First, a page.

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Planet of the Blind by Stephen Kuusisto, Faber pounds 9.99. Born prematurely before his retinas had developed, Stephen Kuusisto spent the next 30 years attempting to deny his blindness - to pass as sighted. Raised in an atmosphere of guilt and brave denial by his mother, Kuusisto colluded and proudly "marched everywhere at dizzying speeds without a cane", cycled, sledded and buried those shameful glasses in the garden. Of his father he remembers, "Because I never discuss my blindness, he's content to view me as sighted. He is a man who believes in mind over matter."

Yet it was not an uncaring family, his mother, terrier-like, insisted on the public school rather than a blind institution believing it would give her son the greatest "normal" opportunities.

Sheer force of will propelled him through school, seeing only with his left eye by placing the book against the end of his nose for a maximum of half-an-hour before focusing became too painful. It was a lonely stigmatised childhood. He would shout out in the empty road to see if any children would play with him. Agonising memories are dealt with matter of factly. He is not self-pitying, but neither does he shy away from the pain.

Pursuing normality, Kuusisto stumblingly battles with literature at college and university, and wins a Fulbright grant to research poetry in Finland. The cost of being a jaunty, gregarious, independent world-traveller can be revealed to no friend nor lover. Were they fooled or did they understand the importance of the lie? Rather than dissecting their reactions, Kuusisto's narrative focuses on his inability to accept himself as a blind man. Over the years various offers of help are rejected, or more accurately, suppressed. He cannot risk shedding his carapace until he he loses his creative writing teaching post at the local college. Unemployment sends him into a terrifying downwards spiral and despairing, he seeks help.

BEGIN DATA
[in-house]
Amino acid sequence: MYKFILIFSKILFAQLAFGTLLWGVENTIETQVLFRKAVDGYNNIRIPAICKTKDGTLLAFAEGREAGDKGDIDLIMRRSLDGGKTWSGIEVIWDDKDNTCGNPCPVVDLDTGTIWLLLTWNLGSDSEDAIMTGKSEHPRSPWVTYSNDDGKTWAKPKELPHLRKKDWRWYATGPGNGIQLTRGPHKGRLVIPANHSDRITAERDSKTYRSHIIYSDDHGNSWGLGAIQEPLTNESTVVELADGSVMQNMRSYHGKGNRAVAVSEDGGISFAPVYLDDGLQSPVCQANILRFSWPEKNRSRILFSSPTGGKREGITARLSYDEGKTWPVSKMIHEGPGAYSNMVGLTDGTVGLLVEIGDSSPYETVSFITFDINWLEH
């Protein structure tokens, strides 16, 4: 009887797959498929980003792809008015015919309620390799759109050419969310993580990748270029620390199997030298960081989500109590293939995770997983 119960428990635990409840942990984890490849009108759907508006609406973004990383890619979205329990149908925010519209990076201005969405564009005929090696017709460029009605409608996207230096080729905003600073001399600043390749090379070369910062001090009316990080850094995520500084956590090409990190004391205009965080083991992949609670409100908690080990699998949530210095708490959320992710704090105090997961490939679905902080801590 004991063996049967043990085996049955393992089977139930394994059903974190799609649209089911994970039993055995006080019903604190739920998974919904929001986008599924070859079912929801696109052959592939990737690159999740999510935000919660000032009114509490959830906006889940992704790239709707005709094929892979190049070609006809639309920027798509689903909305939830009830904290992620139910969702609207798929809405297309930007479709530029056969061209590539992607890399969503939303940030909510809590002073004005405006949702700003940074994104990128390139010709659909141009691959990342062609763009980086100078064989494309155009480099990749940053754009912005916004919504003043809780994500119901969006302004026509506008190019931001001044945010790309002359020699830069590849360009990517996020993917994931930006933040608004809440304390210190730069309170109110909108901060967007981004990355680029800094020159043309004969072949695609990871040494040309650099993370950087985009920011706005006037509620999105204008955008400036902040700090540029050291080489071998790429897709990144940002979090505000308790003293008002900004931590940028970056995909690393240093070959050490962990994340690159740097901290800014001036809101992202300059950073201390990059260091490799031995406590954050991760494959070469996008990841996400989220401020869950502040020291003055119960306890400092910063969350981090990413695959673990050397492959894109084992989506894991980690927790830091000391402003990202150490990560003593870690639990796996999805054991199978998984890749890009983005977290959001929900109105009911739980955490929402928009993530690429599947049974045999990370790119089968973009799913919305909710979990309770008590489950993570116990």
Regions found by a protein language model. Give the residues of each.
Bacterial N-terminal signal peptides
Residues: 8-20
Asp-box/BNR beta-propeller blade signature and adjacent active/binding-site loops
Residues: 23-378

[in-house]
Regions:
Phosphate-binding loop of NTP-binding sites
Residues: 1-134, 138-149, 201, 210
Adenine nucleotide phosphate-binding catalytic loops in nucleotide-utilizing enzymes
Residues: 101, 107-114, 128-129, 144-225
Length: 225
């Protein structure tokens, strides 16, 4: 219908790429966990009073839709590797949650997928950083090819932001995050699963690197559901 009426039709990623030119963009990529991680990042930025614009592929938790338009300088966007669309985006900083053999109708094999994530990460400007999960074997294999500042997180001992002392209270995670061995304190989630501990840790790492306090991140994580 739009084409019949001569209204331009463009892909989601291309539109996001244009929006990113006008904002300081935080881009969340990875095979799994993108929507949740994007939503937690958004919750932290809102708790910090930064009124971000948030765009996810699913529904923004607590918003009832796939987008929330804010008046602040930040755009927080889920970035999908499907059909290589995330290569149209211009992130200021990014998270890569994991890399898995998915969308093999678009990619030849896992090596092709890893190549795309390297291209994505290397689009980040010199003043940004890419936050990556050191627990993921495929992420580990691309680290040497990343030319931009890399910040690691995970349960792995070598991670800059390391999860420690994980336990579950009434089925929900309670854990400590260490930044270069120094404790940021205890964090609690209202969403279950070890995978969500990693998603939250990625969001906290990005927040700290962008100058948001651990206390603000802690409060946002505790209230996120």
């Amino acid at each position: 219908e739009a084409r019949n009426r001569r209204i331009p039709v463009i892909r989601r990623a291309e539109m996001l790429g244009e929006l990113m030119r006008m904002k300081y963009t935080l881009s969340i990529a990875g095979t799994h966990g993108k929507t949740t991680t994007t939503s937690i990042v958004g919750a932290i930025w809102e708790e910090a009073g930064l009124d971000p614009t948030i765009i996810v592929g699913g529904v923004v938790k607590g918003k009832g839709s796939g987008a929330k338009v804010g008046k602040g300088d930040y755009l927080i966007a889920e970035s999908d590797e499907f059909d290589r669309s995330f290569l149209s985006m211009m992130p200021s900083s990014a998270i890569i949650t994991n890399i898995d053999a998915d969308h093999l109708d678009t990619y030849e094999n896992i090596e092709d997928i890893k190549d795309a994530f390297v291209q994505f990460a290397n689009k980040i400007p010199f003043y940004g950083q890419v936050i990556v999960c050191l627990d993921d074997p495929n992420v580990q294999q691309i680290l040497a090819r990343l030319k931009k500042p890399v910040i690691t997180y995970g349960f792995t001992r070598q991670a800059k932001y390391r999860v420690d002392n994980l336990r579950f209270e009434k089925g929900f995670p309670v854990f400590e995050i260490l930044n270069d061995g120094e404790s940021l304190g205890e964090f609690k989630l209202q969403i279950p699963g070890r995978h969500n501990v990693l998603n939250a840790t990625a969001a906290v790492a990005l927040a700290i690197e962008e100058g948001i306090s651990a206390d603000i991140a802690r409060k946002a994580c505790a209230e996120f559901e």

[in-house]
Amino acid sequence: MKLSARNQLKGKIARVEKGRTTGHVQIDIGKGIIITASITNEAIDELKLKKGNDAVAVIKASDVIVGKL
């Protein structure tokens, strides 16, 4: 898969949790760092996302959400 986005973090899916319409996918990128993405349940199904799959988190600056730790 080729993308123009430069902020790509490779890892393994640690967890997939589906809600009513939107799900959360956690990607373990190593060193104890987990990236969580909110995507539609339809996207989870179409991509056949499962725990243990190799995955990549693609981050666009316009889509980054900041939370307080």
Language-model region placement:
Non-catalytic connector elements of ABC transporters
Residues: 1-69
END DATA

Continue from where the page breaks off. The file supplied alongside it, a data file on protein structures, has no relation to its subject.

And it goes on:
So when Corky, a $25,000 guidedog bounds into his life, he gains far more than a canine companion. Initially he's worried that her excessive friendliness means she is too goofy to be trusted, but she quickly reveals herself to be a disciplined and precise worker: "I suspect this dog reads the encyclopedia in her spare time." Corky frees him his dread of doors, kerbs, hurtling bicycles, cars, holes and more holes, as she effortlessly navigates the unfamiliar.

Reflecting on his blindness Kuusisto says: "There's power that comes with admitting how little I can see because the world is more open and admits me far more graciously than it did when I was in my closet. But it's hard in a different way. You are watched everywhere you go, and sometimes I feel buried beneath the graffiti of other people's superstitions." But by writing a poetic, intense memoir he has illuminated the dark corners of a blind man's world for all to see and challenged those suspicious irrational beliefs - an inspiring achievement.